U.K.’S Theresa May Survives Confidence Vote Sparked By Brexit Deal Defeat

Brexit supporters outside Parliament (Independent.co.uk)

CBC.CA – U.K. Prime Minister Theresa May’s government won a confidence vote in Parliament on Wednesday, clearing the way for her to attempt to forge a consensus among lawmakers on a Brexit divorce agreement.

Lawmakers voted 325 to 306 that they have confidence in May’s government, just 24 hours after they handed her Brexit deal a crushing defeat that left Britain’s exit from the European Union in disarray 10 weeks before it is due to leave.

With the clock ticking down to March 29, the date set in law for Brexit, the U.K. is now in the deepest political crisis in half a century as it grapples with how, or even whether, to exit the European project it joined in 1973.

But with MPs deadlocked on the way forward, the U.K. could face a disorderly “no-deal” Brexit, a delay to Brexit, or even another referendum on membership.

“Now MPs have made clear what they don’t want, we must all work constructively together to set out what parliament does want,” May said in a statement outside her Downing Street office.

“That’s why I am inviting MPs from all parties to come together to find a way forward.”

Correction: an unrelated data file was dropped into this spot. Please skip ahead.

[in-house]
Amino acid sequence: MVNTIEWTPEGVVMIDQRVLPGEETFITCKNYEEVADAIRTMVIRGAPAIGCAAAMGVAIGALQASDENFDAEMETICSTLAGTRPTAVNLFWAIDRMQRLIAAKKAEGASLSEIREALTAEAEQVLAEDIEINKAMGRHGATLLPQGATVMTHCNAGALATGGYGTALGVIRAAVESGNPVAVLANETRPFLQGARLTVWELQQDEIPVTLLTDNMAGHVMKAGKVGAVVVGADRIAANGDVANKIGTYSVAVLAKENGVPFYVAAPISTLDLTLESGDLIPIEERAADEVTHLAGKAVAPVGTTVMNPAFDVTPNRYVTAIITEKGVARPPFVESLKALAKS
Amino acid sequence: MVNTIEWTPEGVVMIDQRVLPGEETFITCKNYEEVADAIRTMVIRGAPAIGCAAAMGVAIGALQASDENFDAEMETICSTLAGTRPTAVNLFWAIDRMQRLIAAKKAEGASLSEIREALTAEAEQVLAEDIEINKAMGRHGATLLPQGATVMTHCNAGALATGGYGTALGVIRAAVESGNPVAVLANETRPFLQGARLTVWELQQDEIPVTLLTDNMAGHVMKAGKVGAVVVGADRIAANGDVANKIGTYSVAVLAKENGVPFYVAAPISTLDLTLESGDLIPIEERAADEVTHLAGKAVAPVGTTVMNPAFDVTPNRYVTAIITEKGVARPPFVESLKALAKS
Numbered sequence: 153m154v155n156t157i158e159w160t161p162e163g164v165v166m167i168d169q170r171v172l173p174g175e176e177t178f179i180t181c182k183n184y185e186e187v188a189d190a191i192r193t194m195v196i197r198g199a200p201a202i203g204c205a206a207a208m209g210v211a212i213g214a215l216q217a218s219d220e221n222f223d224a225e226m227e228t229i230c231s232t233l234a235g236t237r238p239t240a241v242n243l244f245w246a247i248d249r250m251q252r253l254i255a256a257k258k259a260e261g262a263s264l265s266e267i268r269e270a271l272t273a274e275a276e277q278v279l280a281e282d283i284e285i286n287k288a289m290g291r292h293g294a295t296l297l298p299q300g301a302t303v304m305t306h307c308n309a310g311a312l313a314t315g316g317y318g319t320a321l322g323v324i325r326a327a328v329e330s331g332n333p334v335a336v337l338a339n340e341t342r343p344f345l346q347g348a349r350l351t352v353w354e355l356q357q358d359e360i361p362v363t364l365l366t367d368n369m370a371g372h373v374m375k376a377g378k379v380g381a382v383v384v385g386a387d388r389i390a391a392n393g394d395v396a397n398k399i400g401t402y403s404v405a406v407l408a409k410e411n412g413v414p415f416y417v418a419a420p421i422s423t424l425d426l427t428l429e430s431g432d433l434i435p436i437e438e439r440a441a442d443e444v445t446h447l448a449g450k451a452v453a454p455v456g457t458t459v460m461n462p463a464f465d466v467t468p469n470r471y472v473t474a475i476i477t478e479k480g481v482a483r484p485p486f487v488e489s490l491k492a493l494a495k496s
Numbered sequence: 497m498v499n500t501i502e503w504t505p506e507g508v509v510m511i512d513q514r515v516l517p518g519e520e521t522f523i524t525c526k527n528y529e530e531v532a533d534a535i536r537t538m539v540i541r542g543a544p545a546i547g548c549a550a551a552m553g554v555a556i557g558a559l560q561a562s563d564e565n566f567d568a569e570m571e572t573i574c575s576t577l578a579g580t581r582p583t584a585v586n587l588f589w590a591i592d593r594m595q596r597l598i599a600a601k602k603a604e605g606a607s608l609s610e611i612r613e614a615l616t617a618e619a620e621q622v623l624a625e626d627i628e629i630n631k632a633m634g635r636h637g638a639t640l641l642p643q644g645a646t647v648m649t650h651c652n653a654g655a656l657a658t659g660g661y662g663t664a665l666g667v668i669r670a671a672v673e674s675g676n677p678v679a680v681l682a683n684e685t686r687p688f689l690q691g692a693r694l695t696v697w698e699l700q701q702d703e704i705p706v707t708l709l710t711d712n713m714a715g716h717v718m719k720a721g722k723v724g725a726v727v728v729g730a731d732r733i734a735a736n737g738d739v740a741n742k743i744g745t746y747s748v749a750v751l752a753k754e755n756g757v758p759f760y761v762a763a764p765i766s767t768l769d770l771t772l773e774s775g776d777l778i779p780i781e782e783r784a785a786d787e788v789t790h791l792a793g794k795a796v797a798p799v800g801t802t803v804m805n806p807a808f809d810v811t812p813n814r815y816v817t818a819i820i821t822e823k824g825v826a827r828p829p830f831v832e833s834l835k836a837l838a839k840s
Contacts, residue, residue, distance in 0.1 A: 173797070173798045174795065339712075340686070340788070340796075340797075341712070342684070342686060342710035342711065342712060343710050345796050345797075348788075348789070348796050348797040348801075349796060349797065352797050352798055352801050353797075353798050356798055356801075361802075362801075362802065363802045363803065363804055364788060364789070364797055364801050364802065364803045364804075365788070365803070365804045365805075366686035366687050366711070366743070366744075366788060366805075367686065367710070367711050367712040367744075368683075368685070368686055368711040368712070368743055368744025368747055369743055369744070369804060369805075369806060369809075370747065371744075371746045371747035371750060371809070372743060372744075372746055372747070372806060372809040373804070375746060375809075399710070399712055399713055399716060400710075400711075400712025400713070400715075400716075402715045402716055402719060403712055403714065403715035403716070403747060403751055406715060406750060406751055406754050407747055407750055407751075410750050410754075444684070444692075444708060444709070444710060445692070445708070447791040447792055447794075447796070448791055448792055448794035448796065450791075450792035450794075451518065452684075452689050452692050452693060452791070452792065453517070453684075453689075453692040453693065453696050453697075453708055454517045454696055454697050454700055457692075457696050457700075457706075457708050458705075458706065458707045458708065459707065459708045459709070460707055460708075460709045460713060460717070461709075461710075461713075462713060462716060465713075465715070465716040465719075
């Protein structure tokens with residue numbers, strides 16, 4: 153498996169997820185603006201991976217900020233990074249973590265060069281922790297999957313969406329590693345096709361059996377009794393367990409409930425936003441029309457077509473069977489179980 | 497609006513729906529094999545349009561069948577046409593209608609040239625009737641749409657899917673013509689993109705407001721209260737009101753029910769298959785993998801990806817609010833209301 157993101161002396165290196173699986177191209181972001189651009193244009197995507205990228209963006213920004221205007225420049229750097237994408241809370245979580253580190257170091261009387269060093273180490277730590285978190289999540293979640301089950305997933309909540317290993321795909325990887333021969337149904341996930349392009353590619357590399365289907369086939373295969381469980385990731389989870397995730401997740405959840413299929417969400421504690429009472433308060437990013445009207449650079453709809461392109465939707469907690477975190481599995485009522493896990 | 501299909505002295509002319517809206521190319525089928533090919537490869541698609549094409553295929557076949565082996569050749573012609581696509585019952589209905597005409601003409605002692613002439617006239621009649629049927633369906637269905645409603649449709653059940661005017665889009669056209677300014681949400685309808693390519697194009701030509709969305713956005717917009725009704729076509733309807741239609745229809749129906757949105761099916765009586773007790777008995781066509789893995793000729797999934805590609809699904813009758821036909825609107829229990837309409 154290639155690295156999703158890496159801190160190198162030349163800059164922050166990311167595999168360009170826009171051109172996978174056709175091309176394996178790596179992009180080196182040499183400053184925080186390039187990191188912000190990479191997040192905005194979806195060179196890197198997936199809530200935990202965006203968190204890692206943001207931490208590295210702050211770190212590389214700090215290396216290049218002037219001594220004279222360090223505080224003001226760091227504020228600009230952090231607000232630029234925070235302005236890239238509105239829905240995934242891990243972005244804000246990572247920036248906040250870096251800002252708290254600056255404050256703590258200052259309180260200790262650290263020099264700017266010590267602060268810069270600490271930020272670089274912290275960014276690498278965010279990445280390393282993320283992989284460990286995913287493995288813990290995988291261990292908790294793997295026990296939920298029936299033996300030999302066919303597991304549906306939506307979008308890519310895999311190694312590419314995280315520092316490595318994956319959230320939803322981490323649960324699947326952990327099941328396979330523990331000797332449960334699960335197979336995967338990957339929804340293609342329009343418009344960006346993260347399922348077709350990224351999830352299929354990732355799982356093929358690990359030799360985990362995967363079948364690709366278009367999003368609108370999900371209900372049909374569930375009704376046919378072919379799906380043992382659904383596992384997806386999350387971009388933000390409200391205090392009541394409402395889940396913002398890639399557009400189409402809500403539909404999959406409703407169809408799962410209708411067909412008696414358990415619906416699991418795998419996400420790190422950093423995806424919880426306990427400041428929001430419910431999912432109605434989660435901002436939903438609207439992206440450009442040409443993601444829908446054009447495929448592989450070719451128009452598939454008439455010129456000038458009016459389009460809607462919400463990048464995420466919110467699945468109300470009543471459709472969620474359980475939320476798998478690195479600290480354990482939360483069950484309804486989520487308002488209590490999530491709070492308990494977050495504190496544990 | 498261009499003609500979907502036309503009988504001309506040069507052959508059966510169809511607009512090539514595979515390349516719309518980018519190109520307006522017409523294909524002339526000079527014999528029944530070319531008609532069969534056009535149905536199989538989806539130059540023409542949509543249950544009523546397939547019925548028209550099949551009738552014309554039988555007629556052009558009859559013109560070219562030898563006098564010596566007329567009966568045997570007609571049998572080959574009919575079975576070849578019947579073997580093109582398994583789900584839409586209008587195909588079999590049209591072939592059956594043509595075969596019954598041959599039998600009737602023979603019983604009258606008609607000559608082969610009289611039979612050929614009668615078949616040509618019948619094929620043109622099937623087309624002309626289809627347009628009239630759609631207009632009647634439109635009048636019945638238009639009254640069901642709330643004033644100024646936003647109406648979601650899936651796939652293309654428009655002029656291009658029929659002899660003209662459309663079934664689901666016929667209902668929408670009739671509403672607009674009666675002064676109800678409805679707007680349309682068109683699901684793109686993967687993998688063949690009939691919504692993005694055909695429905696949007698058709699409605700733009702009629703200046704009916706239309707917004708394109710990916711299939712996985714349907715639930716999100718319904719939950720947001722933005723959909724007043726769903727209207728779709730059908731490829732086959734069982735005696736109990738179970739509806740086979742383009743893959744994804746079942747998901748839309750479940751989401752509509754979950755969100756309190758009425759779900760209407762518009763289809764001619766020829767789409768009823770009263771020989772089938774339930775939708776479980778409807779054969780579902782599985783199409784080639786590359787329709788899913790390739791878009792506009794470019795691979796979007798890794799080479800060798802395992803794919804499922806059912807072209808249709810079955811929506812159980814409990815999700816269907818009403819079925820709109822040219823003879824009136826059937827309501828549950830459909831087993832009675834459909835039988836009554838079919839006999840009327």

After the confidence vote, May met several party leaders, but the main opposition leader, Labour’s Jeremy Corbyn, refused to hold talks unless a no-deal Brexit was ruled out.

The votes on Tuesday and Wednesday brought into sharp relief the problem May faces. She is trying to win over pro-EU supporters in her own party and others without alienating those who keep her in power — for instance, by giving up the “no-deal Brexit” that they see as a crucial bargaining chip.

Hardline Conservative Brexit supporters, who last month made an unsuccessful attempt to oust her as leader, and the Northern Irish party that props up her minority government will not countenance a deal that keeps close ties with the EU.

“The confidence and supply arrangement [to support May] of course is built upon delivering Brexit on the basis of our shared priorities,” said Nigel Dodds, deputy leader of the Democratic Unionist Party.